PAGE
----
As the AIDS research community and public health systems locally, nationally and globally focus efforts on preventing HIV transmission and ending the epidemic, it is critical to integrate our efforts across institutions and disciplines, sharing resources among many researchers to achieve the greatest gain in scientific understanding. Our strategic planning process made clear that the greatest contribution of a New York City-based Center for AIDS Research (CFAR) would be achieved by synergizing the scientific strengths, research expertise and clinical resources of three major NYC academic institutions, the Albert Einstein College of Medicine (Einstein), the Rockefeller University (Rockefeller) and the School of Urban Public Health at Hunter College, City University of New York (Hunter).
Thus, the Einstein/Rockefeller/Hunter (ERH)-CFAR was created as a highly synergistic new partnership of non-overlapping complementary resources. The ERH-CFAR links a strong basic and clinical research institution (Einstein) with a large patient base of HIV-infected individuals, a globally pre-eminent basic science institution (Rockefeller), and a strong public health/implementation science institution (Hunter) to catalyze research to prevent, treat and eradicate HIV infection and thereby end the epidemic. The ERH-CFAR is structured to drive extensive collaborations across disciplines and institutions and coordinate a research agenda by ERH-CFAR investigators focused on “bench to bedside to community and back to the bench” research to achieve our mission, to arrest the AIDS epidemic.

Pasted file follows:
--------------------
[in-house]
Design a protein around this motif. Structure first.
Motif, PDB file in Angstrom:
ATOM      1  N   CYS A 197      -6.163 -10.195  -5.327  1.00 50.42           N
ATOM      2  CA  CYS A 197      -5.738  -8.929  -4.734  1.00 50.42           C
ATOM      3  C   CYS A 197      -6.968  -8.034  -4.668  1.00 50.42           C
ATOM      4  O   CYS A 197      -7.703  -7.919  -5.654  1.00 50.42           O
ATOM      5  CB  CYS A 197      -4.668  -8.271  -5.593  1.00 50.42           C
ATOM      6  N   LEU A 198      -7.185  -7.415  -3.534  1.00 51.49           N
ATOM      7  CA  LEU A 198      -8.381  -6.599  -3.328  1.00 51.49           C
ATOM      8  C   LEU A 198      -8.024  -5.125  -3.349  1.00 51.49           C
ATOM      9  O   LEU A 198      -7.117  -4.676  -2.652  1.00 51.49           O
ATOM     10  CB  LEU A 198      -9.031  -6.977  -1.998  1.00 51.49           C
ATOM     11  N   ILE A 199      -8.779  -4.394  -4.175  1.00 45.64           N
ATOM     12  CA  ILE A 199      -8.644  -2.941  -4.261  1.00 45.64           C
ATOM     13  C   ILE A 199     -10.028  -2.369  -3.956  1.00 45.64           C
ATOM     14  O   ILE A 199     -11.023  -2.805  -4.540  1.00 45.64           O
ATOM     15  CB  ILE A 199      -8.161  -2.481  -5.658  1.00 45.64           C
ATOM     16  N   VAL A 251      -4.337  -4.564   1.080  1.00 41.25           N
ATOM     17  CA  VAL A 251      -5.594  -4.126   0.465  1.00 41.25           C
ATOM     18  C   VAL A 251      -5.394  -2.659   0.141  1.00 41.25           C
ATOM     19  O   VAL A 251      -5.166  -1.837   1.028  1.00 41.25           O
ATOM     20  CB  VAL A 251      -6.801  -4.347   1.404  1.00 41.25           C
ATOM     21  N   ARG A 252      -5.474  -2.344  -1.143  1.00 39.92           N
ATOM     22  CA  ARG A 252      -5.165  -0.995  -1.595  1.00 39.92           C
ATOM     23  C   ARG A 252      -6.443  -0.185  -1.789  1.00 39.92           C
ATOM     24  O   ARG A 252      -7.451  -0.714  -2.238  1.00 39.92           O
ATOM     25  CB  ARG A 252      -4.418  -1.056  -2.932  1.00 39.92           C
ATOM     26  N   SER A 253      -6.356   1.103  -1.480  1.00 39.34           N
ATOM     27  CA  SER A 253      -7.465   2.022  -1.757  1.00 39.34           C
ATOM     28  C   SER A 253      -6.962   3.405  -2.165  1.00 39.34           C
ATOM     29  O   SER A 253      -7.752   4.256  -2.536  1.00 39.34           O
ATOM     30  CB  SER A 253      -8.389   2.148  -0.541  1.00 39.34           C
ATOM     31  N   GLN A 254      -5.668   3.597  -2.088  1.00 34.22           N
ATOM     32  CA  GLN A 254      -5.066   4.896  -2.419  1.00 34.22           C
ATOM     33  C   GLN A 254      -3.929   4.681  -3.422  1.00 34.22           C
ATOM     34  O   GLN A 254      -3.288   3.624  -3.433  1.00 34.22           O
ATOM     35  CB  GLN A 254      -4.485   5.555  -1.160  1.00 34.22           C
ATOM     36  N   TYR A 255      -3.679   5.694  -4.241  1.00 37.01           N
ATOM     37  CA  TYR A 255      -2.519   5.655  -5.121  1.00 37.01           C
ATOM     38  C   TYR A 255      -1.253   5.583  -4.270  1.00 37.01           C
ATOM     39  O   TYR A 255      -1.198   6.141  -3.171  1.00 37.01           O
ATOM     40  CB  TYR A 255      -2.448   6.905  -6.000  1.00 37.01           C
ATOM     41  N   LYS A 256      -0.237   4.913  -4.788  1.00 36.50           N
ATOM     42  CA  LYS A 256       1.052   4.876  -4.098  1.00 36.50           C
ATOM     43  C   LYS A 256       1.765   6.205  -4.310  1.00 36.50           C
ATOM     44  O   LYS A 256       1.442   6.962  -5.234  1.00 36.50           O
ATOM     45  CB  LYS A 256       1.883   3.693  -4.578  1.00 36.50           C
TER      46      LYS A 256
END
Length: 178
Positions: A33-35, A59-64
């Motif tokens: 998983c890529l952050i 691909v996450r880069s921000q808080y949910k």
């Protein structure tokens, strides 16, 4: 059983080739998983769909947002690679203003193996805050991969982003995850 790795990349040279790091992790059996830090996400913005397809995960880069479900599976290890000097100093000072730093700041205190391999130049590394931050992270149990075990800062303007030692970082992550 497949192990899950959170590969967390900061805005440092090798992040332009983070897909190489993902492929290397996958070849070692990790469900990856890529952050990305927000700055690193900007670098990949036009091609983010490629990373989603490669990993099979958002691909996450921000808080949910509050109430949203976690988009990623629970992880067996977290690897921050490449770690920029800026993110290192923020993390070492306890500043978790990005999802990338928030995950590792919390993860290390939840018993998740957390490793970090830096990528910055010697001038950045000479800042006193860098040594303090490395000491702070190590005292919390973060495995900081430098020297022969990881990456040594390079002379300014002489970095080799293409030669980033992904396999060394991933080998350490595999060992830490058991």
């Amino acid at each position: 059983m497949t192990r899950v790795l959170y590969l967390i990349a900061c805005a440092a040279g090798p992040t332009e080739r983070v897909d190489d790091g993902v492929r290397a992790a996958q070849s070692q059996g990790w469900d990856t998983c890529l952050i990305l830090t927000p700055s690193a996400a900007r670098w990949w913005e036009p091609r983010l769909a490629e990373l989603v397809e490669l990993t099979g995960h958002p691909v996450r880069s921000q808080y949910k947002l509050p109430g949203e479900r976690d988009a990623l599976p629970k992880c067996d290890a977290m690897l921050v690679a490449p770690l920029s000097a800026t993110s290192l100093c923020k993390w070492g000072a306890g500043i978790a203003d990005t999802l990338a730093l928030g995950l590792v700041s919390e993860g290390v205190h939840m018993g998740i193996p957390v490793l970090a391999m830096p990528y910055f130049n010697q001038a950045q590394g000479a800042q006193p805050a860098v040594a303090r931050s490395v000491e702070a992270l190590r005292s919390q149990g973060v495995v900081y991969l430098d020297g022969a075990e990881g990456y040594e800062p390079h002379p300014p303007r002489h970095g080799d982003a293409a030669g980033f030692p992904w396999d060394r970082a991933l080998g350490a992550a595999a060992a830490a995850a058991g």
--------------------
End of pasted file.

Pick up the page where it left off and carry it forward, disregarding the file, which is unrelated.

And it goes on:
A major focus of our efforts are to improve utilization of current treatments and to develop new therapies, such as potent broadly neutralizing antibodies, for prevention, reducing the incidence of new infections; treatment, improving treatment outcomes among infected individuals and reducing transmission; and eradication of HIV reservoirs. In addition to developing novel therapeutic approaches, our investigators are optimizing the translation of scientific breakthroughs into reality by identifying and implementing the most effective strategies to deliver treatments shown to be efficacious in clinical and bench research.
Meet Our Investigators
Dr. Jurgen Brojatsch
We are using the avian leucosis virus (ALV) system to study retroviral disease progression. ALV are divided into noncytopathic and cytopathic (those that kill their target cells) subgroups. Cytopathic ...View profile
In the Media
New York Times interviews Kami Kim, M.D., about her research that indicates children with HIV are more likely to develop a severe form of malaria and die. Dr. Kim’s study looked at 3,000 Malawian children who went into comas with cerebral malaria and included autopsies on more than 100 who had died. Dr. Kim is professor of medicine, of microbiology & immunology and of pathology at Einstein and attending physician, infectious disease at Montefiore. (Tuesday, Sep 29, 2015)
Science profiles Nir Barzilai, M.D., and the ambitious proposed clinical trial he is leading that would evaluate if metformin can delay aging in humans. The article details his meeting with FDA, which was supportive of the approach, and the key roles his collaborators at the American Federation for Aging Research are playing in the effort. Dr. Barzilai is the Ingeborg and Ira Leon Rennert Chair of Aging Research and director of the Institute for Aging Research at Einstein. (Thursday, Sep 17, 2015)
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